Design Driven Testing

Design Driven Testing

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The groundbreaking book Design Driven Testing brings sanity back to the software development process by flipping around the concept of Test Driven Development (TDD)a€”restoring the concept of using testing to verify a design instead of pretending that unit tests are a replacement for design. Anyone who feels that TDD is a€œToo Damn Difficulta€ will appreciate this book. Design Driven Testing shows that, by combining a forward-thinking development process with cutting-edge automation, testing can be a finely targeted, business-driven, rewarding effort. In other words, youa€™ll learn how to test smarter, not harder. Applies a feedback-driven approach to each stage of the project lifecycle. Illustrates a lightweight and effective approach using a core subset of UML. Follows a real-life example project using Java and Flex/ActionScript. Presents bonus chapters for advanced DDTers covering unit-test antipatterns (and their opposite, a€œtest-consciousa€ design patterns), and showing how to create your own test transformation templates in Enterprise Architect. What youa€™ll learn Create unit and behavioral tests using JUnit, NUnit, FlexUnit. Generate acceptance tests for all usage paths through use case thread expansion. Generate requirement tests for functional requirements. Run complex acceptance tests across the enterprise. Isolate individual control points for self-contained unit/behavioral tests. Apply behavior-driven development frameworks like JBehave and NBehave Who this book is for Design Driven Testing should appeal to developers, project managers, testers, business analysts, architectsa€”in fact, anyone who builds software that needs to be tested. While equally applicable on both large and small projects, Design Driven Testing is especially helpful to those developers who need to verify their software against formal requirements. Such developers will benefit greatly from the rational and disciplined approach espoused by the authors. Table of Contents Somebody Has It Backwards TDD Using Hello World a€œHello World!a€ Using DDT Introducing the Mapplet Project Detailed Design and Unit Testing Conceptual Design and Controller Testing Acceptance Testing: Expanding Use Case Scenarios Acceptance Testing: Business Requirements Unit Testing Antipatterns (The a€œDona€™tsa€) Design for Easier Testing Automated Integration Testing Unit Testing Algorithms Alice in Use-Case Land a€™Twas Brillig and the Slithy Tests(and how do we deal with that when it happens) And then keep on asking, what else happens? until you cana#39;t think of any more Alternate Courses. ... Step 7: Create unit test cases from your sequence diagram, and cherry-pick the non- redundant ones. ... 1Actually, just to see if youa#39;re awake (and to show you why we put requirements onto robustness diagrams), we forgot one, as youa#39;ll see in a few pages.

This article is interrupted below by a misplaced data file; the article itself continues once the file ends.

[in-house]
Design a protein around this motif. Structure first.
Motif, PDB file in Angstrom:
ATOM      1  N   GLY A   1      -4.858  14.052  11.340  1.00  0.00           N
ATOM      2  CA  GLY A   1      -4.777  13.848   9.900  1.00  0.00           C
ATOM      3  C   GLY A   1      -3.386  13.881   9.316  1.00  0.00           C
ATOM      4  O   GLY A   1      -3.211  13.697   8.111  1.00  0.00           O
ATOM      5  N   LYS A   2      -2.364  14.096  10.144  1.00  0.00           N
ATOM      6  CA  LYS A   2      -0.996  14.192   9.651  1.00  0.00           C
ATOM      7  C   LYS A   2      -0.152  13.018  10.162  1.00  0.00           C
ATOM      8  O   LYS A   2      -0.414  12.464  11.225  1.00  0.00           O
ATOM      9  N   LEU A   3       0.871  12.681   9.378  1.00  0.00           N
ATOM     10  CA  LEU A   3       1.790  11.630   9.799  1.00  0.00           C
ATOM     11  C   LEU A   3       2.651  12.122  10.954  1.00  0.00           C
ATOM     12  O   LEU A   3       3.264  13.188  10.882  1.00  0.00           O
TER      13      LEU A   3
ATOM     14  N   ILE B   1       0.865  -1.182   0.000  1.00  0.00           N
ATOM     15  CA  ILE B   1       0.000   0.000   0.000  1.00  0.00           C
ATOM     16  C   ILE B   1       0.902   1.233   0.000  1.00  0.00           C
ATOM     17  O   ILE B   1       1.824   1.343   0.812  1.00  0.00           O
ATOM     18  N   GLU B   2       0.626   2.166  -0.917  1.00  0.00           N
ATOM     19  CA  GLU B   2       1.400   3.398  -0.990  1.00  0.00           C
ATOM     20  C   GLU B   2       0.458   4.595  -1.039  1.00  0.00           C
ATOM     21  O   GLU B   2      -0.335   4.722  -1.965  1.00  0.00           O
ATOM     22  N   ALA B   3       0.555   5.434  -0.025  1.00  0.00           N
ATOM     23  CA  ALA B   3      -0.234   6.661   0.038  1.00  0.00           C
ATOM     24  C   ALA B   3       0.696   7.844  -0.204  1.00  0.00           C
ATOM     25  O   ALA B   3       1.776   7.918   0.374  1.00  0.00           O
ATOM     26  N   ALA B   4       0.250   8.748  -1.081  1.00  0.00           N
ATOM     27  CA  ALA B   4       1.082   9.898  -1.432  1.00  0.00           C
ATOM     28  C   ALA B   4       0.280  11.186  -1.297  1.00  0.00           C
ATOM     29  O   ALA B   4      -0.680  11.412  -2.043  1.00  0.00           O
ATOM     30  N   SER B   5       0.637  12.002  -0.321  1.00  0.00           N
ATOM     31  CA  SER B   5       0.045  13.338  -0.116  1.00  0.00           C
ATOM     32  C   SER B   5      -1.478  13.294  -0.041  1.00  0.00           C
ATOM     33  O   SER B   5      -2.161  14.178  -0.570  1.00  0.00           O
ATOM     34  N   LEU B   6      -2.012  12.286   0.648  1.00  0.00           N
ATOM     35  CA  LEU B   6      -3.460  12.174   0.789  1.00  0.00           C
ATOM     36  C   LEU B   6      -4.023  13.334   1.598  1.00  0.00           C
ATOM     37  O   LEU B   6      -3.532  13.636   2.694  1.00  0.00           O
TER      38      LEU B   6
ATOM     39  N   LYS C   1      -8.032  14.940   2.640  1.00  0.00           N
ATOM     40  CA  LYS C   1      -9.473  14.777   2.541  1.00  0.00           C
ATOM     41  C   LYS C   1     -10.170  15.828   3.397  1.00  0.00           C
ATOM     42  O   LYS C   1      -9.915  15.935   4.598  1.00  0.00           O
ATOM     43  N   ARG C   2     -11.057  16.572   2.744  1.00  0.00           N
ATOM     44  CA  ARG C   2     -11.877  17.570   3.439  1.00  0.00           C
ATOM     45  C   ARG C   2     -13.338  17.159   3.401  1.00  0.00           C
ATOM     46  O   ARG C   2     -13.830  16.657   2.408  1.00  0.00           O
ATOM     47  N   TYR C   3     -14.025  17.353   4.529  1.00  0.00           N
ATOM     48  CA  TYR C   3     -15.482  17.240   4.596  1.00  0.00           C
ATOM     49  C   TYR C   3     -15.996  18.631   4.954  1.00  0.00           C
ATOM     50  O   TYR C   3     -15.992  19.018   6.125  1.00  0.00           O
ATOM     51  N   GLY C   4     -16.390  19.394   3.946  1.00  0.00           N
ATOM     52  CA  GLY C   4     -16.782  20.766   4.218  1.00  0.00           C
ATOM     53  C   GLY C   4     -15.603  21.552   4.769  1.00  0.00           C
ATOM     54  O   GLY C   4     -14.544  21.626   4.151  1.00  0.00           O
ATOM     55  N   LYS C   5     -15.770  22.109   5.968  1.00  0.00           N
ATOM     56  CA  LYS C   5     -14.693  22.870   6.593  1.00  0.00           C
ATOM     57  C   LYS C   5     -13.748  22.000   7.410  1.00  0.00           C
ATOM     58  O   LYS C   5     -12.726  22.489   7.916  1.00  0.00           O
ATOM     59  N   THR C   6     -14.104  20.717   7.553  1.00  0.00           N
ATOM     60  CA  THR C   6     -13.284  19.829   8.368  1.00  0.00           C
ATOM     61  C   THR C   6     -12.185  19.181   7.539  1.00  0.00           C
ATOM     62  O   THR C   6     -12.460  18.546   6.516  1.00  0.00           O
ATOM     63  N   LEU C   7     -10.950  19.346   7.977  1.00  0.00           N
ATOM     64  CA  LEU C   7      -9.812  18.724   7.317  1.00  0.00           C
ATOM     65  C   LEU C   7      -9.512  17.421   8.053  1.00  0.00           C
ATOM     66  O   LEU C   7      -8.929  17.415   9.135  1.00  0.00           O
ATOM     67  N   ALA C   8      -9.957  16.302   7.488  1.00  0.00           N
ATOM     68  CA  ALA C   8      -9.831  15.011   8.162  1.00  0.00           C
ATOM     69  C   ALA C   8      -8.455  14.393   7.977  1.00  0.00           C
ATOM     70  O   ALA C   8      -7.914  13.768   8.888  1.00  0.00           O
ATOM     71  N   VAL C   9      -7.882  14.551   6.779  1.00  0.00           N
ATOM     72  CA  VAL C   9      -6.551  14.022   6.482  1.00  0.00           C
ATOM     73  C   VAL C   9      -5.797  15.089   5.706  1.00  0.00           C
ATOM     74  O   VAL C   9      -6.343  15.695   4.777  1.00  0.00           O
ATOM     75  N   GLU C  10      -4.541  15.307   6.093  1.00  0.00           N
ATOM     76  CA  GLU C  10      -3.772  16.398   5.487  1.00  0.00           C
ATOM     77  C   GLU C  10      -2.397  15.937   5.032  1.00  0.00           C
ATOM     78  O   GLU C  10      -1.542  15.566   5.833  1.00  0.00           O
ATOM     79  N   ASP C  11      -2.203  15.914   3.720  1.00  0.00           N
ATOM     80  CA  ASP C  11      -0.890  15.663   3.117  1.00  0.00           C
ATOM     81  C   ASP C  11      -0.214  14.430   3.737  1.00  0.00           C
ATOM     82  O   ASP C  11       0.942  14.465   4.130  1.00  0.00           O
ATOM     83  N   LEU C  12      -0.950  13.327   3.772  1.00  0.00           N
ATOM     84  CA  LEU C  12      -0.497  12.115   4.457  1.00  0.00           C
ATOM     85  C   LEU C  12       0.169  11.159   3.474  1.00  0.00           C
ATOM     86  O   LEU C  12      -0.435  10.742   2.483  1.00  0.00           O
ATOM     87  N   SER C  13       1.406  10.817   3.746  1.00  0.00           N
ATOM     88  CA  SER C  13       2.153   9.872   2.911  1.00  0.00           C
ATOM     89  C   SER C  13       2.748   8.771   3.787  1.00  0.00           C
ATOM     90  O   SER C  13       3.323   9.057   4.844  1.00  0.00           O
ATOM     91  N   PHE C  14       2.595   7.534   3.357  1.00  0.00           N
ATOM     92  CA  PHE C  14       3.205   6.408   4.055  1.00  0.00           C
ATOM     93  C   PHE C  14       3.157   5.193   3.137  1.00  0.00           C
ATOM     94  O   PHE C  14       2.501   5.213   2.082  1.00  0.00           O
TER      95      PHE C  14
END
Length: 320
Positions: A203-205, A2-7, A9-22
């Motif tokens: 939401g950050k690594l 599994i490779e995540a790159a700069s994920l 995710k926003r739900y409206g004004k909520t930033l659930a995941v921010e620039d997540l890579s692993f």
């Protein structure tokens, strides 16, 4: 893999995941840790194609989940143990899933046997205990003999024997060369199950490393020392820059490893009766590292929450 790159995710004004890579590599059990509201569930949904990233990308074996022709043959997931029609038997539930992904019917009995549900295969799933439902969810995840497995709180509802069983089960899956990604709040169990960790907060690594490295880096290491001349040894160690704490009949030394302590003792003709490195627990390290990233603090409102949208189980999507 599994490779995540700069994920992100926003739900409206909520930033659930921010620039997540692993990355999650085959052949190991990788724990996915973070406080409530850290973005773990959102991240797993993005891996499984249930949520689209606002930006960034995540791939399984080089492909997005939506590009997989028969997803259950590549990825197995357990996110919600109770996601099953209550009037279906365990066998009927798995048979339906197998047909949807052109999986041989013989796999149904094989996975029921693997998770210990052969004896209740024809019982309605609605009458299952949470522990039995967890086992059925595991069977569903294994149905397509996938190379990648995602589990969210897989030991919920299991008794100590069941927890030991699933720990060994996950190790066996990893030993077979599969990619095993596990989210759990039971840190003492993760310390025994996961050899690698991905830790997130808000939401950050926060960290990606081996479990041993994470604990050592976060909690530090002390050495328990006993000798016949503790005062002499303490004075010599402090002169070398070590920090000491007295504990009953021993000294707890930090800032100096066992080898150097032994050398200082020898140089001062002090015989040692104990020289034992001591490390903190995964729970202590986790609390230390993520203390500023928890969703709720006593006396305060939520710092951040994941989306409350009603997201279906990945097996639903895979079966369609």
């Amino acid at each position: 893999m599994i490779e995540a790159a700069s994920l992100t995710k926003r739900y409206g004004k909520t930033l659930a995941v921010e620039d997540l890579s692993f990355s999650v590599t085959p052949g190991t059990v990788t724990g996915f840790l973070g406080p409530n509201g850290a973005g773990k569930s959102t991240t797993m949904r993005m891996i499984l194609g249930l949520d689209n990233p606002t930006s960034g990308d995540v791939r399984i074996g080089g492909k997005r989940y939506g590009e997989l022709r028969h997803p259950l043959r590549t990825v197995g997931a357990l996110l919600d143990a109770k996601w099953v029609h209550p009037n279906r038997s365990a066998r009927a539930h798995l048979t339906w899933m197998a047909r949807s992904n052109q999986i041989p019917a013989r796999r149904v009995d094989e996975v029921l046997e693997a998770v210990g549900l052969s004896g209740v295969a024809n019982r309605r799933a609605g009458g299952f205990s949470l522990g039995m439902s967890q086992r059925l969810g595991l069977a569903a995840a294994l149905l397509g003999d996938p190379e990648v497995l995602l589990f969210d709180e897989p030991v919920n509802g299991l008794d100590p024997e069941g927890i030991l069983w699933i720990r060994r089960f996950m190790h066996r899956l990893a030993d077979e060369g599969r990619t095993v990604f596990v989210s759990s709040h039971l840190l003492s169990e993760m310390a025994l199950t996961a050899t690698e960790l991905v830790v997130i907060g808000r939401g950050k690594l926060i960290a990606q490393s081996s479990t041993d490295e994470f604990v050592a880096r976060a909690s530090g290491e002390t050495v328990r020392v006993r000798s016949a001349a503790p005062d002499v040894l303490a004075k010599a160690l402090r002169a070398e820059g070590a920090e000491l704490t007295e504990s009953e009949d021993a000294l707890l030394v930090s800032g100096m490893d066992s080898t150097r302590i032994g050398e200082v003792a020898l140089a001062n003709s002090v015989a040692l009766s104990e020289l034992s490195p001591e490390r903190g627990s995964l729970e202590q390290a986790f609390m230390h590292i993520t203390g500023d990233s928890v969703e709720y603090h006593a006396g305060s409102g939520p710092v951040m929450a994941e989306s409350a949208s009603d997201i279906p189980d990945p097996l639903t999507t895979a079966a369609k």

Title:Design Driven Testing
Author:Matt Stephens, Doug Rosenberg
Publisher:Apress - 2010-09-16


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